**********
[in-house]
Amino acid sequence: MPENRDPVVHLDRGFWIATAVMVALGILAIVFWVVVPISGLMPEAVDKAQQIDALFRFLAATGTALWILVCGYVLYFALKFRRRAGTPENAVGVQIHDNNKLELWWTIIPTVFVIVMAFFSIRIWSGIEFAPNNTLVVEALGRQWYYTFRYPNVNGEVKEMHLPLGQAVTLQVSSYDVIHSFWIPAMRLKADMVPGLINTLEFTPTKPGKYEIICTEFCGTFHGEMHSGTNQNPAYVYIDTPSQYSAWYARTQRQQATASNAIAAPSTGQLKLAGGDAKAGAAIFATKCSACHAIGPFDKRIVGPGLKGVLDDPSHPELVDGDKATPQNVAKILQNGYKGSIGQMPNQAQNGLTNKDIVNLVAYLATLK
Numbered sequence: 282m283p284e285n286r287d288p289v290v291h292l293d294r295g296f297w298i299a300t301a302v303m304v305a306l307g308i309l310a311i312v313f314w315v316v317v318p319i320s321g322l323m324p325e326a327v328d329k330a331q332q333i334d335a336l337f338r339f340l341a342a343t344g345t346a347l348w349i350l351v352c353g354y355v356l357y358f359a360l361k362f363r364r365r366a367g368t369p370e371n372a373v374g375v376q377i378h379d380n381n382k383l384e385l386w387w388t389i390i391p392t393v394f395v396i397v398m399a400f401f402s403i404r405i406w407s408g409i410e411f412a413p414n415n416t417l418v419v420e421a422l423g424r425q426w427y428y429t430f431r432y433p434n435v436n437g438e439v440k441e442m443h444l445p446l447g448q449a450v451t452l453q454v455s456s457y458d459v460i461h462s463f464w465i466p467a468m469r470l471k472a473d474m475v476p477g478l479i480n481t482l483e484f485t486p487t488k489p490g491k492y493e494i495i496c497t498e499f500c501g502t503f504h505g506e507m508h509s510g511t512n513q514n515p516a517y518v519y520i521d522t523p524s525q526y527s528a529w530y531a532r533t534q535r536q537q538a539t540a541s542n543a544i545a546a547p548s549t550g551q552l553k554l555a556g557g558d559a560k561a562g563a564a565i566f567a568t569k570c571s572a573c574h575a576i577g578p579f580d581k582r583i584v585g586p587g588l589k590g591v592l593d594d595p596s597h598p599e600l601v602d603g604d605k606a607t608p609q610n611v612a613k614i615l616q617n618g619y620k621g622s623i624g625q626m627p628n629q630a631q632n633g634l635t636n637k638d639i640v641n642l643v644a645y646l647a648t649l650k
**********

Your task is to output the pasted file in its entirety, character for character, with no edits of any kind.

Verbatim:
[in-house]
Amino acid sequence: MPENRDPVVHLDRGFWIATAVMVALGILAIVFWVVVPISGLMPEAVDKAQQIDALFRFLAATGTALWILVCGYVLYFALKFRRRAGTPENAVGVQIHDNNKLELWWTIIPTVFVIVMAFFSIRIWSGIEFAPNNTLVVEALGRQWYYTFRYPNVNGEVKEMHLPLGQAVTLQVSSYDVIHSFWIPAMRLKADMVPGLINTLEFTPTKPGKYEIICTEFCGTFHGEMHSGTNQNPAYVYIDTPSQYSAWYARTQRQQATASNAIAAPSTGQLKLAGGDAKAGAAIFATKCSACHAIGPFDKRIVGPGLKGVLDDPSHPELVDGDKATPQNVAKILQNGYKGSIGQMPNQAQNGLTNKDIVNLVAYLATLK
Numbered sequence: 282m283p284e285n286r287d288p289v290v291h292l293d294r295g296f297w298i299a300t301a302v303m304v305a306l307g308i309l310a311i312v313f314w315v316v317v318p319i320s321g322l323m324p325e326a327v328d329k330a331q332q333i334d335a336l337f338r339f340l341a342a343t344g345t346a347l348w349i350l351v352c353g354y355v356l357y358f359a360l361k362f363r364r365r366a367g368t369p370e371n372a373v374g375v376q377i378h379d380n381n382k383l384e385l386w387w388t389i390i391p392t393v394f395v396i397v398m399a400f401f402s403i404r405i406w407s408g409i410e411f412a413p414n415n416t417l418v419v420e421a422l423g424r425q426w427y428y429t430f431r432y433p434n435v436n437g438e439v440k441e442m443h444l445p446l447g448q449a450v451t452l453q454v455s456s457y458d459v460i461h462s463f464w465i466p467a468m469r470l471k472a473d474m475v476p477g478l479i480n481t482l483e484f485t486p487t488k489p490g491k492y493e494i495i496c497t498e499f500c501g502t503f504h505g506e507m508h509s510g511t512n513q514n515p516a517y518v519y520i521d522t523p524s525q526y527s528a529w530y531a532r533t534q535r536q537q538a539t540a541s542n543a544i545a546a547p548s549t550g551q552l553k554l555a556g557g558d559a560k561a562g563a564a565i566f567a568t569k570c571s572a573c574h575a576i577g578p579f580d581k582r583i584v585g586p587g588l589k590g591v592l593d594d595p596s597h598p599e600l601v602d603g604d605k606a607t608p609q610n611v612a613k614i615l616q617n618g619y620k621g622s623i624g625q626m627p628n629q630a631q632n633g634l635t636n637k638d639i640v641n642l643v644a645y646l647a648t649l650k